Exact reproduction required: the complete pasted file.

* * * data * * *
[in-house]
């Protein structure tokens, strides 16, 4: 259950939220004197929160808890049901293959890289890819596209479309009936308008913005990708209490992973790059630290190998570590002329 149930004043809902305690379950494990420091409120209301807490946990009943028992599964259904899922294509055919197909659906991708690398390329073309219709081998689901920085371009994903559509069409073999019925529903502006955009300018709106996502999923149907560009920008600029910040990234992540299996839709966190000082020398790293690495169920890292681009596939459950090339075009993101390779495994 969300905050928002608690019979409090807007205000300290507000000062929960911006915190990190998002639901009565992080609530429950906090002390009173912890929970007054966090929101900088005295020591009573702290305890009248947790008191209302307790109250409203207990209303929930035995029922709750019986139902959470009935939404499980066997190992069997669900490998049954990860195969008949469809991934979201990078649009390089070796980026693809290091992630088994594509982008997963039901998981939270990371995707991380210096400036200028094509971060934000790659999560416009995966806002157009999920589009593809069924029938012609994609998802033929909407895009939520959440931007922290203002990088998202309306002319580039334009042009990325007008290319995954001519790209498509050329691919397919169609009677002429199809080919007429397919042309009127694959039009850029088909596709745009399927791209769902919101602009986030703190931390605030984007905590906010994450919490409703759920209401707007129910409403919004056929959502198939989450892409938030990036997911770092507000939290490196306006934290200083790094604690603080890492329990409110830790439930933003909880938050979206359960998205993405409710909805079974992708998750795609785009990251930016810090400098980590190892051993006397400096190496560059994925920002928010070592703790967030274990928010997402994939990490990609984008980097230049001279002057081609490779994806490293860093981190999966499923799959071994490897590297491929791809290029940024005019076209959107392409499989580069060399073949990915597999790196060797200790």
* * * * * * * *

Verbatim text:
[in-house]
């Protein structure tokens, strides 16, 4: 259950939220004197929160808890049901293959890289890819596209479309009936308008913005990708209490992973790059630290190998570590002329 149930004043809902305690379950494990420091409120209301807490946990009943028992599964259904899922294509055919197909659906991708690398390329073309219709081998689901920085371009994903559509069409073999019925529903502006955009300018709106996502999923149907560009920008600029910040990234992540299996839709966190000082020398790293690495169920890292681009596939459950090339075009993101390779495994 969300905050928002608690019979409090807007205000300290507000000062929960911006915190990190998002639901009565992080609530429950906090002390009173912890929970007054966090929101900088005295020591009573702290305890009248947790008191209302307790109250409203207990209303929930035995029922709750019986139902959470009935939404499980066997190992069997669900490998049954990860195969008949469809991934979201990078649009390089070796980026693809290091992630088994594509982008997963039901998981939270990371995707991380210096400036200028094509971060934000790659999560416009995966806002157009999920589009593809069924029938012609994609998802033929909407895009939520959440931007922290203002990088998202309306002319580039334009042009990325007008290319995954001519790209498509050329691919397919169609009677002429199809080919007429397919042309009127694959039009850029088909596709745009399927791209769902919101602009986030703190931390605030984007905590906010994450919490409703759920209401707007129910409403919004056929959502198939989450892409938030990036997911770092507000939290490196306006934290200083790094604690603080890492329990409110830790439930933003909880938050979206359960998205993405409710909805079974992708998750795609785009990251930016810090400098980590190892051993006397400096190496560059994925920002928010070592703790967030274990928010997402994939990490990609984008980097230049001279002057081609490779994806490293860093981190999966499923799959071994490897590297491929791809290029940024005019076209959107392409499989580069060399073949990915597999790196060797200790």